Doubtful Sound: Certainly Stunning

We’d reached roughly the halfway point our the trip and you may have noticed that we've been a bit thrifty so far. Thanks to the fact that we’d been to a hotel only once and public toilets and tinned tomatoes had been central to our lives, the gods of Excel told us we were under budget, and this could only mean one thing… Time for some extravagance!

We found ourselves in the south-west of the South Island, close to roadless regions where camper vans fear to tread, so we decided to hit the water instead, and go on an overnight cruise to visit Doubtful Sound. A sound is a river valley that has been carved over millennia and then backfilled by the sea. There are several in New Zealand, but Doubtful Sound isn't one of them. As you might have guessed by the fact that it sits in Fiordland National Park, Doubtful is actually is a fjord. Apparently it is called Doubtful in English because Captain Cook sailed past and was doubtful that he’d be able to sail back out again. And people are down on Able Tasman for not exploring New Zealand! These very literal and mundane names are quite common here. Some examples just from this region: ‘Big River’, ‘Many Islands’, ’Wet Jacket Arm’, and, worryingly: ‘Gropers Bush’.

Even in the 21st century Doubtful Sound is not easy to get to. It took about 2 hours by boat and bus to get to Deep Cove, the closest point to the rest of civilisation. One reason it remains so remote is the weather - nobody stayed long enough to really develop the area. This has the upside that nobody was really around enough to ruin the ecosystem. The rocks, tree-filled cliffs and various arms of the water have all looked mostly the same for centuries. The main problem they have here is with non-human pests introduced by human settlers: rats, stoats, possums and deer. These can swim from island to island and make life hard for the local birds, who weren't used to the presence of mammals, with the exception of a few species of bat, before the Maori and Europeans arrived.

We can tell you all of these facts because the amazing cruise provided us with constant information about everything we saw. A nature guide walked around with a microphone to point out various flora and fauna, and gave a talk in the evening. We could see things from up close when we did some kayaking in a quiet corner. We also went out far enough to reach the Tasman Sea, and saw some penguins falling off rocks, seals relaxing in the sun, and even the first humpback whales of the season approaching the boat.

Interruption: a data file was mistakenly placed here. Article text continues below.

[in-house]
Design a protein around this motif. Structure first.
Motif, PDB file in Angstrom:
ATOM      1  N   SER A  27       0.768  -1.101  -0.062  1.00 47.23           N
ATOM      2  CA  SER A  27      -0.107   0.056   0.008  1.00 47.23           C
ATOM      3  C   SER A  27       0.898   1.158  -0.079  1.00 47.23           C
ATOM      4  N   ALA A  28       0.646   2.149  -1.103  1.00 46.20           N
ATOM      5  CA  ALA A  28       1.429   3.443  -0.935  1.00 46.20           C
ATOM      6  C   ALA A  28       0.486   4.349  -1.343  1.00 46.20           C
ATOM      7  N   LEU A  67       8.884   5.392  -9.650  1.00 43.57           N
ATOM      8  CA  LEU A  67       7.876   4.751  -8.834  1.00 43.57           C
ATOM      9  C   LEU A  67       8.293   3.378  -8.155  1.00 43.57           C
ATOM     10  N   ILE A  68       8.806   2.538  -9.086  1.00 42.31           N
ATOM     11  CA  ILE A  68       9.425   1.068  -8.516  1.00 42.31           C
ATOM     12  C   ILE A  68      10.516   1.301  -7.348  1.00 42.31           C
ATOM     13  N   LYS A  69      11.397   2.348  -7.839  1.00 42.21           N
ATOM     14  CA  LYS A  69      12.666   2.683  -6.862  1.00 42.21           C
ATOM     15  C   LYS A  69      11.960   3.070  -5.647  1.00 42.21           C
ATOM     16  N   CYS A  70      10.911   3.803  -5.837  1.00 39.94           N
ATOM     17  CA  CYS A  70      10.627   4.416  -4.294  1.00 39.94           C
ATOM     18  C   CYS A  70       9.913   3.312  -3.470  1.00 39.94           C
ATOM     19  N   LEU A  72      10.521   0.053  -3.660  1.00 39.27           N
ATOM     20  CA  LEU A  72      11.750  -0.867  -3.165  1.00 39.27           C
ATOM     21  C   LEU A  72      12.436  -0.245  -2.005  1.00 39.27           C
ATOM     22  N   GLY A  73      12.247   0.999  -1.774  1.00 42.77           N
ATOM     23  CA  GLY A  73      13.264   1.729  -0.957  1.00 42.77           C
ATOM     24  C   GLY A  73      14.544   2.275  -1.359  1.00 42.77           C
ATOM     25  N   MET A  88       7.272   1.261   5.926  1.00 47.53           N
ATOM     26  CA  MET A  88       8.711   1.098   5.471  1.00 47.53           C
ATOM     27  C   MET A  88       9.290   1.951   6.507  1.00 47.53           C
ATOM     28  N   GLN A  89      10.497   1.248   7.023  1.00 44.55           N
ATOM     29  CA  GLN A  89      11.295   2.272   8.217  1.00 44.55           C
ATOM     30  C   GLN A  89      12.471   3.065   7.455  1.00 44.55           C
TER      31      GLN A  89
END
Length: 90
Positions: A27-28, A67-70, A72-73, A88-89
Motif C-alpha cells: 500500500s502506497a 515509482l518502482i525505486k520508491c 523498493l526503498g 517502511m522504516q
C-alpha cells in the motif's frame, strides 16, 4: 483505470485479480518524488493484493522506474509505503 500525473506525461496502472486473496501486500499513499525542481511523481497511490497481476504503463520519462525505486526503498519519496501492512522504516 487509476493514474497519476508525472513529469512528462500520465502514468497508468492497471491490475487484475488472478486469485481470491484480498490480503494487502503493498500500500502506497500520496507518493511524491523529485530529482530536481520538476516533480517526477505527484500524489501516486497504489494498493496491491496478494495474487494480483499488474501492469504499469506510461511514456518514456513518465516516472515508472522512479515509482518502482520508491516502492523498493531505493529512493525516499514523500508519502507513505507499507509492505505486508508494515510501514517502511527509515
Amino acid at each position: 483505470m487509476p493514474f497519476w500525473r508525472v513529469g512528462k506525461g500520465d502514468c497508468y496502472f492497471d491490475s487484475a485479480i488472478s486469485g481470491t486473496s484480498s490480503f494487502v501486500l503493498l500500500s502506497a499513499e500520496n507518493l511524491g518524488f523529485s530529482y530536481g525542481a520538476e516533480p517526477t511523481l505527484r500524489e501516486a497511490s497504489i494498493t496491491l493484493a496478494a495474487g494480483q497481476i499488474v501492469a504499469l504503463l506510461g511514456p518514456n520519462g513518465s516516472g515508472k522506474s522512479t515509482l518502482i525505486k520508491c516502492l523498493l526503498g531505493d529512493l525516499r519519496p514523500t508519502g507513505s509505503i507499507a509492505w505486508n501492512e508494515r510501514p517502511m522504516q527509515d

In between these thrilling experiences we noticed that the agency had somewhat undersold the food situation, with there being enough courses to keep a hobbit satisfied. They had mentioned a three course evening meal and breakfast, but not the afternoon tea upon arrival and bread and soup a couple of hours later. The brownies that were part of afternoon tea deserve a special paragraph. Sometimes it is unclear what the use of brownies are, since they are mostly diluted chocolate, and why play with your food like that? But these ones were still mostly chocolate, with some mysterious amazingness added in. If we would have had to choose between eating more brownies and seeing more whales it would have been a difficult call.

It was also great to have an itinerary that was arranged by other people, giving us a break from doing all of the planning ourselves. The crew of the cruise all seemed to have double roles including costume changes: waitress turns kayaking instructor turns kitchen hand. The cruises go every day so it must be a pretty non-stop job, starting at around 6am and going on until 10pm, with only a few hours in the middle of the day without guests. Apparently they sometimes use that time to volunteer for the Department of Conservation and check the area's rodent traps for rats and stoats. It's amazing that they can do all of this and be so friendly and upbeat. In the morning, the captain told all the guests to sit on the deck to listen to the birds and the waterfalls while he turned off the engines and generators on the ship. A very peaceful experience, which the staff must enjoy more than anyone.

It was hard to leave the boat when we got back to Deep Cove. The crew were already tossing big bags of laundry onto the shore, having made the beds for the new guests while we were eating breakfast. When we walked past the kitchen with our backpacks we could smell the new brownies being prepared. Would it be so hard to hide somewhere and take another ride?

This week we will be taking the tinned tomatoes on the road when we do a four day hiking trip called the Milford Track. It is so popular that in July when we booked we were already almost too late to get places on the boats that will take us there and the huts we will sleep in. We have high hopes that this means the sights will be so great that they will make us forget about being separated from our van.